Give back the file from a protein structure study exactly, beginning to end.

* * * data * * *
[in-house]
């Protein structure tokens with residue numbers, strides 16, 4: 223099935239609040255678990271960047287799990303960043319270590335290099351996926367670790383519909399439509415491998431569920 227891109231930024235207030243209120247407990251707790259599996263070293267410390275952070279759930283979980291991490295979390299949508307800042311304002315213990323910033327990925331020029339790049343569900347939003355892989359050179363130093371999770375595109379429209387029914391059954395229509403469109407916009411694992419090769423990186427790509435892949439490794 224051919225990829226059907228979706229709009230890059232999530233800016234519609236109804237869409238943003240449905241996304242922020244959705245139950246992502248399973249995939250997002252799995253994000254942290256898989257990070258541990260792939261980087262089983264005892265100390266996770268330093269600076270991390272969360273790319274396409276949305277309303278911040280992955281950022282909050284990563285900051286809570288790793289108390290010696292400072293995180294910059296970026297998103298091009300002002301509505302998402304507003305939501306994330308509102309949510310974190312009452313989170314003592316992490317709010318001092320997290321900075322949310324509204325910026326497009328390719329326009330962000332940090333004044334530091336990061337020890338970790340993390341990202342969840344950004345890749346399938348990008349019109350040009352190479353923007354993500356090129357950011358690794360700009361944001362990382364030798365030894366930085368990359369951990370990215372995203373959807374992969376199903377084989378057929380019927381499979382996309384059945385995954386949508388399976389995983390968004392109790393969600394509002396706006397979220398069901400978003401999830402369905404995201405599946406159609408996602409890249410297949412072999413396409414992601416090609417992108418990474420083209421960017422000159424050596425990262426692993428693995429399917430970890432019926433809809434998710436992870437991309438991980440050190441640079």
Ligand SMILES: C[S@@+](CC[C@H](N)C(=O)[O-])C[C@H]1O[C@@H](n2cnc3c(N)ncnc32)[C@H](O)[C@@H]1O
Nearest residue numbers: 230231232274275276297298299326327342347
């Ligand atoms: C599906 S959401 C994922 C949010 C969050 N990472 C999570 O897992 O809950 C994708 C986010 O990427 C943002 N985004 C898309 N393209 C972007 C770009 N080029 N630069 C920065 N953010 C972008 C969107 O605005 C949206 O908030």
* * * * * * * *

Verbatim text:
[in-house]
């Protein structure tokens with residue numbers, strides 16, 4: 223099935239609040255678990271960047287799990303960043319270590335290099351996926367670790383519909399439509415491998431569920 227891109231930024235207030243209120247407990251707790259599996263070293267410390275952070279759930283979980291991490295979390299949508307800042311304002315213990323910033327990925331020029339790049343569900347939003355892989359050179363130093371999770375595109379429209387029914391059954395229509403469109407916009411694992419090769423990186427790509435892949439490794 224051919225990829226059907228979706229709009230890059232999530233800016234519609236109804237869409238943003240449905241996304242922020244959705245139950246992502248399973249995939250997002252799995253994000254942290256898989257990070258541990260792939261980087262089983264005892265100390266996770268330093269600076270991390272969360273790319274396409276949305277309303278911040280992955281950022282909050284990563285900051286809570288790793289108390290010696292400072293995180294910059296970026297998103298091009300002002301509505302998402304507003305939501306994330308509102309949510310974190312009452313989170314003592316992490317709010318001092320997290321900075322949310324509204325910026326497009328390719329326009330962000332940090333004044334530091336990061337020890338970790340993390341990202342969840344950004345890749346399938348990008349019109350040009352190479353923007354993500356090129357950011358690794360700009361944001362990382364030798365030894366930085368990359369951990370990215372995203373959807374992969376199903377084989378057929380019927381499979382996309384059945385995954386949508388399976389995983390968004392109790393969600394509002396706006397979220398069901400978003401999830402369905404995201405599946406159609408996602409890249410297949412072999413396409414992601416090609417992108418990474420083209421960017422000159424050596425990262426692993428693995429399917430970890432019926433809809434998710436992870437991309438991980440050190441640079």
Ligand SMILES: C[S@@+](CC[C@H](N)C(=O)[O-])C[C@H]1O[C@@H](n2cnc3c(N)ncnc32)[C@H](O)[C@@H]1O
Nearest residue numbers: 230231232274275276297298299326327342347
């Ligand atoms: C599906 S959401 C994922 C949010 C969050 N990472 C999570 O897992 O809950 C994708 C986010 O990427 C943002 N985004 C898309 N393209 C972007 C770009 N080029 N630069 C920065 N953010 C972008 C969107 O605005 C949206 O908030």